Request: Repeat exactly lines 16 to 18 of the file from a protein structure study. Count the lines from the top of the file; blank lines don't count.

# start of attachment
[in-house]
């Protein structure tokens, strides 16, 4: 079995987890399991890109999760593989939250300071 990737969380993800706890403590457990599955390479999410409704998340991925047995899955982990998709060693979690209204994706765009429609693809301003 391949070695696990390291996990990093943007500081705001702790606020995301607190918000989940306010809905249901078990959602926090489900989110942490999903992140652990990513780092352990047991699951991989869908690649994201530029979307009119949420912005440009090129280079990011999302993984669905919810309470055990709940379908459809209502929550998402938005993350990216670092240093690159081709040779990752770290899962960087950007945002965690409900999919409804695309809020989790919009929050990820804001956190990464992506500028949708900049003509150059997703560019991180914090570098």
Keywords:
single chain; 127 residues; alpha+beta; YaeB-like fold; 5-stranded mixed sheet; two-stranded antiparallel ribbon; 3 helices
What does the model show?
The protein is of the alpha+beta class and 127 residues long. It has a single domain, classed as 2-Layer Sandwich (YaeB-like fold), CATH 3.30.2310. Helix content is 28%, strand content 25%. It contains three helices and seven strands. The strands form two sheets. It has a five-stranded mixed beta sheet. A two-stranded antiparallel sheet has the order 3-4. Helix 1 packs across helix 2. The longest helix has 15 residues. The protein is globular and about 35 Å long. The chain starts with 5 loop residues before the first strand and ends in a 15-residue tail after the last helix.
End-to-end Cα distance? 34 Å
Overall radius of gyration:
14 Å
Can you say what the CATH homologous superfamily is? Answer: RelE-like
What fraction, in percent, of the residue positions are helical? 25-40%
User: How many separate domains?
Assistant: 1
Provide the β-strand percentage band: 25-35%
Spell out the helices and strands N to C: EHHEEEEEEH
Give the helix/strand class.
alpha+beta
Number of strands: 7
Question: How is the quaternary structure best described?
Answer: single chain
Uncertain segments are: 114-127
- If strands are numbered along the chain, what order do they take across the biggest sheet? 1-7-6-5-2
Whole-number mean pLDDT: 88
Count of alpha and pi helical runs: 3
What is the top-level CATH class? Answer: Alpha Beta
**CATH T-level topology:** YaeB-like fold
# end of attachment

Give the helix/strand class.
alpha+beta
Number of strands: 7